Foiled Again

The tariff classification of laminated plastic and aluminum foil has been a recurring issue. In Amcor Flexibles Singen GMBG v. United States, newly minted U.S. Court of International Trade Judge Timothy Reif waded into the question with notable stylistic flourish.

Before we get to the legal details, take a second to read my prior post “On 4202: Legal Briefs, Boxer Briefs, and Boxer Dogs,” in which I recounted the difficulty I had trying to exercise my creative writing ambitions as a law clerk. In that post, I was happy to note that Judge Katzmann used anecdotes about Abraham Lincoln and Harry Truman to contextualize a case on the tariff classification of textile pet crates.

In Amcor, Judge Reif used the literary tool of “bookending” to set up his decision. To illustrate the importance of both the plastic and the foil in the combined product, the Judge begins his decision with the famous quip from Casablanca in which Rick Blaine (Humphry Bogart) tells Captain Louis Renault (Claude Rains), “Louis, I think this is the beginning of a beautiful friendship.” The opinion wraps up (pun noted but not intended) with just one word of sage advice to a young Benjamin Braddock (Dustin Hoffman) from Mr. Maguire (Walter Brooke) as delivered in The Graduate. That word? “Plastics.” There is, after all, a great future in plastics.

On the actual substance of the case, the merchandise consists of several layers of plastic combined with a single layer of aluminum foil laminated together and imported in bulk rolls. The material is used to make blister packs for, among other products, pharmaceuticals.

Plaintiff contended that the merchandise is classifiable as aluminum foil whether or not backed with plastic in 7607, which would make it duty free. The United States argued that the merchandise is properly classified in 3921 as “other” plastic in sheets, film, foil or strip. Here, “other” means reinforced, laminated, or otherwise combined with other materials. The government’s classification would result in a 4.2% rate of duty.

The government’s position follows a prior Federal Circuit decision in Alcan Food Packaging, which considered similar merchandise. In that case, the Court of Appeals held that the plastic layers define the product as a flexible food packaging solution with the essential character being plastic.
The distinction between products of Chapter 76 and Chapter 39 follows from Chapter 76, Note 1(d), which states that:

Headings 7606 and 7607 apply, inter alia, to plates, sheets, strips and foil with patterns (for example, grooves, ribs, checkers, tears, buttons, lozenges) and to such products which have been perforated, corrugated, polished or coated, provided that they do not thereby assume the character of articles or products of other headings.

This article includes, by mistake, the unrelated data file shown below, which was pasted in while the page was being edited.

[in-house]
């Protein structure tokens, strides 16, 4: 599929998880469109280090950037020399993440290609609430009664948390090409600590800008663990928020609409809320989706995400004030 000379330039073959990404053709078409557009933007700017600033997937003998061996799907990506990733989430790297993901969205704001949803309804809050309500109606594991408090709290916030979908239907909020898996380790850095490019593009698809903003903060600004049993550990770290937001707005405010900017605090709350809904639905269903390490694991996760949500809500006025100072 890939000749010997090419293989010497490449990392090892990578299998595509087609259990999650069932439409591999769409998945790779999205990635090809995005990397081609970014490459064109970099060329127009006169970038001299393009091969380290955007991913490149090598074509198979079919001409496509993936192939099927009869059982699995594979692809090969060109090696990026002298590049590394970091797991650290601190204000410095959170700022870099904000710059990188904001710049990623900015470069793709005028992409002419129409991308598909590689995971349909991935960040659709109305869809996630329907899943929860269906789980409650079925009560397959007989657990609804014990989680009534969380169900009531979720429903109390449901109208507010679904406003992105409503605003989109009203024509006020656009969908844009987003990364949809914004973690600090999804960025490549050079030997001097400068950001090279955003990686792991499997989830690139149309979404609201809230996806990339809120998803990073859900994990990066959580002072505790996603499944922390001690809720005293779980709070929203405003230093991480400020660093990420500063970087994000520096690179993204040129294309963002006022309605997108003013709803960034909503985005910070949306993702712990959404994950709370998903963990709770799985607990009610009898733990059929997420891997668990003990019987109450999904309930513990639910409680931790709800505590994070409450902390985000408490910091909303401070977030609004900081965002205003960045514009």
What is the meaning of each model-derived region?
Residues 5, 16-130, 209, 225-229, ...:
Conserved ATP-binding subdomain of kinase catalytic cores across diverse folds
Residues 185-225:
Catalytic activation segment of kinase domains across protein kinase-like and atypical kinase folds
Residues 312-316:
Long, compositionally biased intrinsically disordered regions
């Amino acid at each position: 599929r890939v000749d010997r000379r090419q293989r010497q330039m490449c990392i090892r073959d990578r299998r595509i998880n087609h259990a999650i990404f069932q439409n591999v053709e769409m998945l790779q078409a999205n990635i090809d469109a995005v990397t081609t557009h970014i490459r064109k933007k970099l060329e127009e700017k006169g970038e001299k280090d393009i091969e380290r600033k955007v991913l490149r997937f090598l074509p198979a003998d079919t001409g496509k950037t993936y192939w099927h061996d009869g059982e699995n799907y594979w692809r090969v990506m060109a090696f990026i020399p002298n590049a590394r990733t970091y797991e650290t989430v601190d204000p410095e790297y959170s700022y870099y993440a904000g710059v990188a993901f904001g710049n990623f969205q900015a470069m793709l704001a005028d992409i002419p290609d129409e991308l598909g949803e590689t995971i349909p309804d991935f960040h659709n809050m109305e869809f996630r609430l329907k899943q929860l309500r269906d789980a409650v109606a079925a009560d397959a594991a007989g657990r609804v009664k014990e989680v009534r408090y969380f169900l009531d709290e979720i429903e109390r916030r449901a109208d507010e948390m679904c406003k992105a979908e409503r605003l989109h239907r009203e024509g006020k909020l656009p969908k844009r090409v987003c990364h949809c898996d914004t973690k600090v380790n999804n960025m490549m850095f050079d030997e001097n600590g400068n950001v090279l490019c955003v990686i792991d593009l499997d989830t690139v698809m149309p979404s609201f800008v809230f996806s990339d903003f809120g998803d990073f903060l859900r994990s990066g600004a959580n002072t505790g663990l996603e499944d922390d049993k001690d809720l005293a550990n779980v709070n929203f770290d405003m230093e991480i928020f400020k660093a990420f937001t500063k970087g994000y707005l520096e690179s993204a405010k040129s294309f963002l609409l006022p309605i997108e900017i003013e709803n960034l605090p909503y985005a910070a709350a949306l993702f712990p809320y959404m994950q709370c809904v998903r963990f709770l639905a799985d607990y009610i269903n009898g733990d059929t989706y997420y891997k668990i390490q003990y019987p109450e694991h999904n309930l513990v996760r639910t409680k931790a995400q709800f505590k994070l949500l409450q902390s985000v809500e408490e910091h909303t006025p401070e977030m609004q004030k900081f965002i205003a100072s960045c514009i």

Starting with Heading 7607, the Court first looked at whether the aluminum foil is “backed” by plastic. This resulted in a detailed analysis of the meaning of “backed” and whether the foil has a distinct front side and back side and whether the tariff language requires that distinction. The Court held that the tariff does not require that the backing be applied to a specific side of the foil; nor is it required that the foil be backed on only a single side. If the plastic performs the function of supporting the foil to compensate for its flimsy nature, it is a backing.

Thus, the question comes down to whether the aluminum and plastic combination has assumed the character of plastic. Relying on a prior case involving stamped metal blanks, the Court reasoned that backed foil assumes the character of the backing when it can no longer be described as foil.

Here, the Court found that the foil layer provides the main impermeable barrier of the finished product. While the product gains additional characteristics from the plastic, it is not so distinct from foil that is would not be described as such.

Looking to Heading 3921, the Court found that the heading “conceivably” covers the subject merchandise. However, the Explanatory Notes counsel that Chapter 39 only covers combinations of plastic and other materials that retain the essential character of articles of plastic.

This raises an interesting point, which the Judge carefully explained. So far, the entire analysis of this case is under GRI 1, taking into consideration only the product and the legal text of the HTSUS. The introduction of “essential character” via the Explanatory Notes does not convert this into a GRI 3 case, although GRI 3 considerations now come into play. We are still in GRI 1, as is the case with most classification cases.

The Court found the plastic to comprise the greater share of the product by thickness and value while the aluminum provided the greatest weight. Regarding the role each material plays in the final product, the Court found, consistent with its “assume the character” analysis, that the aluminum performs the central function of containing the packaged goods in an impermeable barrier. The plastic--to continue the movie references--plays a supporting role.

The Court, therefore, classified the plastic backed foil in 7607.20.50, which is a win for the plaintiff.

To quote Judge Reif, “Enough said.”

But, to give aluminum its moment in the movie spotlight, I give you the invention of transparent aluminum:


Popular posts from this blog

On the Apostrophe

Is Luke Skywalker Human?

Unpacking Meyer Corp. v. U.S.